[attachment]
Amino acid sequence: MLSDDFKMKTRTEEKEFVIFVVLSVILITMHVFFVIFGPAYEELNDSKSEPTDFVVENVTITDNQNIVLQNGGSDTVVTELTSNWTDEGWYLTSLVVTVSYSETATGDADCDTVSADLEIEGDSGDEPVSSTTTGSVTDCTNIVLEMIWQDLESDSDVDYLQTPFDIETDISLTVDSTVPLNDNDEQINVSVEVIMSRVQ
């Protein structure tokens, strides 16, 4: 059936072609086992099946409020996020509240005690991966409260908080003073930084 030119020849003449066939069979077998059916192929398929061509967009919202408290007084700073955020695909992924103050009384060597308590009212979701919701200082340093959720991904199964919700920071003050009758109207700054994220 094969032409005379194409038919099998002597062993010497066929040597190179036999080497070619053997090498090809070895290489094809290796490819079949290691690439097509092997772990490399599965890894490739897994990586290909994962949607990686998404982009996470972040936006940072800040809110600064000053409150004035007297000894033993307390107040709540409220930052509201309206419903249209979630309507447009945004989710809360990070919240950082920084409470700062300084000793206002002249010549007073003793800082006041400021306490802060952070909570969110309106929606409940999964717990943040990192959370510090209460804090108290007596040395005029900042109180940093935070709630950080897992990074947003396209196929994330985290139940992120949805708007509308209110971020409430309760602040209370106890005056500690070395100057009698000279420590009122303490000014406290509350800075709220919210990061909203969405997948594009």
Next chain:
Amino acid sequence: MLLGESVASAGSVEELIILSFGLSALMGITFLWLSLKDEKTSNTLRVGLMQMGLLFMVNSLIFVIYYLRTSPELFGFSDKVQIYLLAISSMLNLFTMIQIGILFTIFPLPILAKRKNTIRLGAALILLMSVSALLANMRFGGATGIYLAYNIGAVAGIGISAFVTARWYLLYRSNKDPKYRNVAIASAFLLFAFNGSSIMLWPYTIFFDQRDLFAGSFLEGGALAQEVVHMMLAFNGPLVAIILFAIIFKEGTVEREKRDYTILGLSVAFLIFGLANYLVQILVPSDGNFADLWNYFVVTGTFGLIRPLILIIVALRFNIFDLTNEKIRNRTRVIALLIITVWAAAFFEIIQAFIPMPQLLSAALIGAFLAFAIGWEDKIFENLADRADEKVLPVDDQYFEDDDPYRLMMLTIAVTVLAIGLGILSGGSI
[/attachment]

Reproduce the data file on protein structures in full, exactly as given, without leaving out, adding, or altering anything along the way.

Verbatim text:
Amino acid sequence: MLSDDFKMKTRTEEKEFVIFVVLSVILITMHVFFVIFGPAYEELNDSKSEPTDFVVENVTITDNQNIVLQNGGSDTVVTELTSNWTDEGWYLTSLVVTVSYSETATGDADCDTVSADLEIEGDSGDEPVSSTTTGSVTDCTNIVLEMIWQDLESDSDVDYLQTPFDIETDISLTVDSTVPLNDNDEQINVSVEVIMSRVQ
């Protein structure tokens, strides 16, 4: 059936072609086992099946409020996020509240005690991966409260908080003073930084 030119020849003449066939069979077998059916192929398929061509967009919202408290007084700073955020695909992924103050009384060597308590009212979701919701200082340093959720991904199964919700920071003050009758109207700054994220 094969032409005379194409038919099998002597062993010497066929040597190179036999080497070619053997090498090809070895290489094809290796490819079949290691690439097509092997772990490399599965890894490739897994990586290909994962949607990686998404982009996470972040936006940072800040809110600064000053409150004035007297000894033993307390107040709540409220930052509201309206419903249209979630309507447009945004989710809360990070919240950082920084409470700062300084000793206002002249010549007073003793800082006041400021306490802060952070909570969110309106929606409940999964717990943040990192959370510090209460804090108290007596040395005029900042109180940093935070709630950080897992990074947003396209196929994330985290139940992120949805708007509308209110971020409430309760602040209370106890005056500690070395100057009698000279420590009122303490000014406290509350800075709220919210990061909203969405997948594009």
Next chain:
Amino acid sequence: MLLGESVASAGSVEELIILSFGLSALMGITFLWLSLKDEKTSNTLRVGLMQMGLLFMVNSLIFVIYYLRTSPELFGFSDKVQIYLLAISSMLNLFTMIQIGILFTIFPLPILAKRKNTIRLGAALILLMSVSALLANMRFGGATGIYLAYNIGAVAGIGISAFVTARWYLLYRSNKDPKYRNVAIASAFLLFAFNGSSIMLWPYTIFFDQRDLFAGSFLEGGALAQEVVHMMLAFNGPLVAIILFAIIFKEGTVEREKRDYTILGLSVAFLIFGLANYLVQILVPSDGNFADLWNYFVVTGTFGLIRPLILIIVALRFNIFDLTNEKIRNRTRVIALLIITVWAAAFFEIIQAFIPMPQLLSAALIGAFLAFAIGWEDKIFENLADRADEKVLPVDDQYFEDDDPYRLMMLTIAVTVLAIGLGILSGGSI